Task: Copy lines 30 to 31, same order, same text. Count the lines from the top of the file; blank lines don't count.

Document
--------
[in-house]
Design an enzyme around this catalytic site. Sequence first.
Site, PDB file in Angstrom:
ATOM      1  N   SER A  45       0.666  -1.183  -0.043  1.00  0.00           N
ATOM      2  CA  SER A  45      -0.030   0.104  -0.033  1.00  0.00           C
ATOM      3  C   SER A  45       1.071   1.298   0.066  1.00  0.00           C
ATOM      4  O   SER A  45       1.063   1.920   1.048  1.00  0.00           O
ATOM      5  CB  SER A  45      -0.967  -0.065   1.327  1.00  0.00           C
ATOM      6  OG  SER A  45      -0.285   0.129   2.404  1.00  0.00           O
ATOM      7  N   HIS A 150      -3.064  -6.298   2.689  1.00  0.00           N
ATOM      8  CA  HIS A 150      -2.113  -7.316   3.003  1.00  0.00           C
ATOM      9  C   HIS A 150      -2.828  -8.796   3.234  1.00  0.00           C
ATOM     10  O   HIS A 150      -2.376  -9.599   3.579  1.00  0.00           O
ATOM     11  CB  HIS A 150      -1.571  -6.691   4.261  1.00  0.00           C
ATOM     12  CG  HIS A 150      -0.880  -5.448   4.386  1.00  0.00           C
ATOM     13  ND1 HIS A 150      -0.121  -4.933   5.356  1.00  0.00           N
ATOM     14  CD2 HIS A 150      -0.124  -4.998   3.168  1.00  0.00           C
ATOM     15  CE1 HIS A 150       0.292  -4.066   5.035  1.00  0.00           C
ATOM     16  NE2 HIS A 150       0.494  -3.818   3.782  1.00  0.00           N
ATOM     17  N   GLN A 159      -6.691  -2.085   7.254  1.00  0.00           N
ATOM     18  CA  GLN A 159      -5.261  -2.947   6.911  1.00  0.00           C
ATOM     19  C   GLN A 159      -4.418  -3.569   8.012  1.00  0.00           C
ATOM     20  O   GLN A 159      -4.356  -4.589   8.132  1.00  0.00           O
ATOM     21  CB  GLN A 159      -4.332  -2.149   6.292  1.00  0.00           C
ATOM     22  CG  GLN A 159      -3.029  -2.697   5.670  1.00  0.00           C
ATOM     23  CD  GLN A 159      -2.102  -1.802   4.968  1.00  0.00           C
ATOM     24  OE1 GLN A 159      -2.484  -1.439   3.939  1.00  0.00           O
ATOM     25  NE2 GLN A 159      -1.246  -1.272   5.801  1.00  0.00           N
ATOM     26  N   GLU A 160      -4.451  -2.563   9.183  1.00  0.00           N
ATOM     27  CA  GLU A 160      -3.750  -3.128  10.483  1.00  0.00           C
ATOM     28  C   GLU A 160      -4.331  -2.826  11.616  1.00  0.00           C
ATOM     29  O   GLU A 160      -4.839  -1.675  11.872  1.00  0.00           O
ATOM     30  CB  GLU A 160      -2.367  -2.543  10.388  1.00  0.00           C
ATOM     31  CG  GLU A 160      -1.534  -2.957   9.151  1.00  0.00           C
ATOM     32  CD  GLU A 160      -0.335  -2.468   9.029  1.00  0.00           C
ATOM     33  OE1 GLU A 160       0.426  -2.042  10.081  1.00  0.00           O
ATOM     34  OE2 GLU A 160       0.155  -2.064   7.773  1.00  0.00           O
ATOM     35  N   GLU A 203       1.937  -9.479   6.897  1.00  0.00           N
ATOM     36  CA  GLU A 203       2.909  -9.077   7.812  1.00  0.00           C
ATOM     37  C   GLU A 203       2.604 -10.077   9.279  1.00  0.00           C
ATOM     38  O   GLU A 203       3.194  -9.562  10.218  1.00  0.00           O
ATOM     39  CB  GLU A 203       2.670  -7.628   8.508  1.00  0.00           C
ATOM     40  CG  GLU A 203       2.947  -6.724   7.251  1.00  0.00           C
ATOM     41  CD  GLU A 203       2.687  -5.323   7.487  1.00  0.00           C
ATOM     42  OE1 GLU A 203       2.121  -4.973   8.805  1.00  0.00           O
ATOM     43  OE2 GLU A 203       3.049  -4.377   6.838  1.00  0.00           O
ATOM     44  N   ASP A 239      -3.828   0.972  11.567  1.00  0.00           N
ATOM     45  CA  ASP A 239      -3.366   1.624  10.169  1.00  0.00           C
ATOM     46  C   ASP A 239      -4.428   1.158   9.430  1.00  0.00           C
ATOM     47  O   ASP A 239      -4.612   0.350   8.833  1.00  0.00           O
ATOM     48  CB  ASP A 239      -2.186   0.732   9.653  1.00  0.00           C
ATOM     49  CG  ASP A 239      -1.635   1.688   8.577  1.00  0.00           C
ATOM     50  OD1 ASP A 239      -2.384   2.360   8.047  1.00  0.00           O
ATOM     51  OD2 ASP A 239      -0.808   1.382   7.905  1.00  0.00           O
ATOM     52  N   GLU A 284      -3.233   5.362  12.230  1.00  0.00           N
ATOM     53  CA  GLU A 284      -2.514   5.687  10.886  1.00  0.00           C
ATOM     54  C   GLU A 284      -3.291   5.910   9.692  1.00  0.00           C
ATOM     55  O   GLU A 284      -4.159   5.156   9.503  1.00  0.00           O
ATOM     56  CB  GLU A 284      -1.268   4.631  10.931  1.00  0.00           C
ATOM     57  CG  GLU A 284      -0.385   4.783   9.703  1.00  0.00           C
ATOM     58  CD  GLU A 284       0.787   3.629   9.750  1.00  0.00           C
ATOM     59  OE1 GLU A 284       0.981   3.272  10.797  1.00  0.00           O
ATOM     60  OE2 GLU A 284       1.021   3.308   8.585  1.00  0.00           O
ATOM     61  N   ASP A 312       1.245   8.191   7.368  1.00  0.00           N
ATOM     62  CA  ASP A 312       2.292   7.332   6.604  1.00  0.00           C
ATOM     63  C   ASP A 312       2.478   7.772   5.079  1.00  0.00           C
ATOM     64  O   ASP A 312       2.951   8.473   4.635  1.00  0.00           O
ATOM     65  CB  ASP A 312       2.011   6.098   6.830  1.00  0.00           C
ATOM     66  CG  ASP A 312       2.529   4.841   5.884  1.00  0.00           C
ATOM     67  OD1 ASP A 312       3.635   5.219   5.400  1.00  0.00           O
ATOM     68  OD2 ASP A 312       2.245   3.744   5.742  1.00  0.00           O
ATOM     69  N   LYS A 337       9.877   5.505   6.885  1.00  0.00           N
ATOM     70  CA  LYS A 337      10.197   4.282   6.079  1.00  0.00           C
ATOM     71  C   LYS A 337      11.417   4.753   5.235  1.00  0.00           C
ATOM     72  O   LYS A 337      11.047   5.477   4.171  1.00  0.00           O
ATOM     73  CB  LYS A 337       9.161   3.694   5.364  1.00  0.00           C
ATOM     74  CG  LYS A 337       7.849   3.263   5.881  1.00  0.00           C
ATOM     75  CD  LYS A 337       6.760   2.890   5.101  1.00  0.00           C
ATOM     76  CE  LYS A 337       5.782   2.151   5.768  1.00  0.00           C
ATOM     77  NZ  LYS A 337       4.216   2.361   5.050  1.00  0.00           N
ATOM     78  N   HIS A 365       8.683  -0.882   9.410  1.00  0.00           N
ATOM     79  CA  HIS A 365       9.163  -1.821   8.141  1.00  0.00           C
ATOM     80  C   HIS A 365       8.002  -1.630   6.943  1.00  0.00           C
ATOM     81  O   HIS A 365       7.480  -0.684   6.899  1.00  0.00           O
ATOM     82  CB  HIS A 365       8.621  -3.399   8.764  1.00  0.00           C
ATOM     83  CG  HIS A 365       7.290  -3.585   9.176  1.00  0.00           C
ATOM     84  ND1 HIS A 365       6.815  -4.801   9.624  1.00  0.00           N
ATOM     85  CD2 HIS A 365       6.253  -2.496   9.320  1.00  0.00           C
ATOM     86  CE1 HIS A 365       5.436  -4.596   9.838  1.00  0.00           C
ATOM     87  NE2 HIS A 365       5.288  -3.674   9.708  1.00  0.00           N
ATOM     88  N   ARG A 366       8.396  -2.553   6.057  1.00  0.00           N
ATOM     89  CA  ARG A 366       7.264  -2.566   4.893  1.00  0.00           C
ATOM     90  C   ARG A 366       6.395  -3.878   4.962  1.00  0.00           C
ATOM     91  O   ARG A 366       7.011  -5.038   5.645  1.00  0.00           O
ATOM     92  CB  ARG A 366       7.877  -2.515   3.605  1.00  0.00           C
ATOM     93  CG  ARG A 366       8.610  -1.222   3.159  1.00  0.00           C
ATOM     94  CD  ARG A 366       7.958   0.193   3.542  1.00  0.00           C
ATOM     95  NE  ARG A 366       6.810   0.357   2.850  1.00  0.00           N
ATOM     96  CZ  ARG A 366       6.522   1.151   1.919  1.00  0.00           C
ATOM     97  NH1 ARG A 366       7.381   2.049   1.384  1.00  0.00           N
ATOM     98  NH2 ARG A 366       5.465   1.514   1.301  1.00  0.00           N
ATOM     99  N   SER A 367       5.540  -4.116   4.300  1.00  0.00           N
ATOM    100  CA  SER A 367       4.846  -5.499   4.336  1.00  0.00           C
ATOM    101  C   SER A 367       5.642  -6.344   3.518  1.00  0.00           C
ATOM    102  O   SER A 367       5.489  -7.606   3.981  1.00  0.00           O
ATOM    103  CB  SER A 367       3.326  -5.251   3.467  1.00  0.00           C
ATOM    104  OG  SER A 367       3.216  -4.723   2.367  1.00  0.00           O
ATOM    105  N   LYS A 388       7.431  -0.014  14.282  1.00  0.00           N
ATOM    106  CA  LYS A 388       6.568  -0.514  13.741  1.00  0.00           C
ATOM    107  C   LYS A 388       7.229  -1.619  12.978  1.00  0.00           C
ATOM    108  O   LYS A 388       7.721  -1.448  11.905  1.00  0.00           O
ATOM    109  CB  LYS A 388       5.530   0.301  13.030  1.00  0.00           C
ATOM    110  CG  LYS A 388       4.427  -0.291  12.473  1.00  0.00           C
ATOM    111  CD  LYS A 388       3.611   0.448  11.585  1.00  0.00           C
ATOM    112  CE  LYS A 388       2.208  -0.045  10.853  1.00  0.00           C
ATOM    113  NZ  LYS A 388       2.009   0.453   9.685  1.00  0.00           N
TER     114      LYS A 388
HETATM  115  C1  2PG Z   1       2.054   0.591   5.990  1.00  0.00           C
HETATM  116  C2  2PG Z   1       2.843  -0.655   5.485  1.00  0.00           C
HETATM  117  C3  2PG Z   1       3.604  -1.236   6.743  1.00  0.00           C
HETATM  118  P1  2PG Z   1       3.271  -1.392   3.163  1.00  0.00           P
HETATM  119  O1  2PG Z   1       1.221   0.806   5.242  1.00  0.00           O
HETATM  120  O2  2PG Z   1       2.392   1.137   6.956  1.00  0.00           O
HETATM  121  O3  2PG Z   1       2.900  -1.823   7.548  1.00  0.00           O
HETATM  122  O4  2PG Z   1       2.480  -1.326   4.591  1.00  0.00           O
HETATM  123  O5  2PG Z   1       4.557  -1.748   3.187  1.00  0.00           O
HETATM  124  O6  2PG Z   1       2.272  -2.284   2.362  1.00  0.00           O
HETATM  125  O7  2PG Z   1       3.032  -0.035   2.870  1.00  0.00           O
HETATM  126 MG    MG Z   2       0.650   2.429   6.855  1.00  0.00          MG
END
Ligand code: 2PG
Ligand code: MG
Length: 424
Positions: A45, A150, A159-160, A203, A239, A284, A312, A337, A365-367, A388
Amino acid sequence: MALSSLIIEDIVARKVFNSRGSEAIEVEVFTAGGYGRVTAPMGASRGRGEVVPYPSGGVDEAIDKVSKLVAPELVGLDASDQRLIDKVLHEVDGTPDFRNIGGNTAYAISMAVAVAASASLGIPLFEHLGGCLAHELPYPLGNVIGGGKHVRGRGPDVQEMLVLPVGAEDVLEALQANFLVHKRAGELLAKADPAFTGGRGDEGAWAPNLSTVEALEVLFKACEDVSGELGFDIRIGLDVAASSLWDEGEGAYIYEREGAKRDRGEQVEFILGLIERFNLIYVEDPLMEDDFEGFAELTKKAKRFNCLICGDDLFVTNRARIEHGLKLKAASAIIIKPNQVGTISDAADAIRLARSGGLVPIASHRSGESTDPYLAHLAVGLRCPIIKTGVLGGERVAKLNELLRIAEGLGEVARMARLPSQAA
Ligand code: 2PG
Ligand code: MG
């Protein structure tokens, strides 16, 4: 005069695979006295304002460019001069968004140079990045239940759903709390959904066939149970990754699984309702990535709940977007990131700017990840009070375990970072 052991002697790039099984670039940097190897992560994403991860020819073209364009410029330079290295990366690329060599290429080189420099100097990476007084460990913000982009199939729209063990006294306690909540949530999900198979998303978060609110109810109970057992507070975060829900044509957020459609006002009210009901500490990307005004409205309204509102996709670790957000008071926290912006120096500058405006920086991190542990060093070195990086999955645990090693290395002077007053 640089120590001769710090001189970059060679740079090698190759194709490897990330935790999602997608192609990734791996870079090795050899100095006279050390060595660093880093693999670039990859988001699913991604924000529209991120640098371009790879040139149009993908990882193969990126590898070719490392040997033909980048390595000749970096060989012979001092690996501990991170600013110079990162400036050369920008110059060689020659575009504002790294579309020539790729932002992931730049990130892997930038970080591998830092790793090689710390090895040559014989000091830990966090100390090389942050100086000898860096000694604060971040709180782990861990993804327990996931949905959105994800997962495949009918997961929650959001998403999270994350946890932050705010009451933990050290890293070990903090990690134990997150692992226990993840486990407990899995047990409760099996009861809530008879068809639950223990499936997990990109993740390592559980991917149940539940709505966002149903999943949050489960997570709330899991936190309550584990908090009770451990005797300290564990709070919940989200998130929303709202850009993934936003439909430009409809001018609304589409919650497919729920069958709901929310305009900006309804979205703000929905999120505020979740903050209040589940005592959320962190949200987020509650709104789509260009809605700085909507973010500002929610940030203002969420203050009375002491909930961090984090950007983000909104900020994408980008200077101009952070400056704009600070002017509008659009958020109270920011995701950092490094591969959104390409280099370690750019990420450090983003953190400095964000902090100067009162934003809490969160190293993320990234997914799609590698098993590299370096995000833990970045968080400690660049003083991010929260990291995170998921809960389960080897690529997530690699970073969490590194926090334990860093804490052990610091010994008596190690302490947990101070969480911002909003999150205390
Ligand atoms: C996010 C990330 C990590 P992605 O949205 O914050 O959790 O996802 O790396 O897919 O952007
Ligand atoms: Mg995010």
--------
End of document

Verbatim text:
ATOM     27  CA  GLU A 160      -3.750  -3.128  10.483  1.00  0.00           C
ATOM     28  C   GLU A 160      -4.331  -2.826  11.616  1.00  0.00           C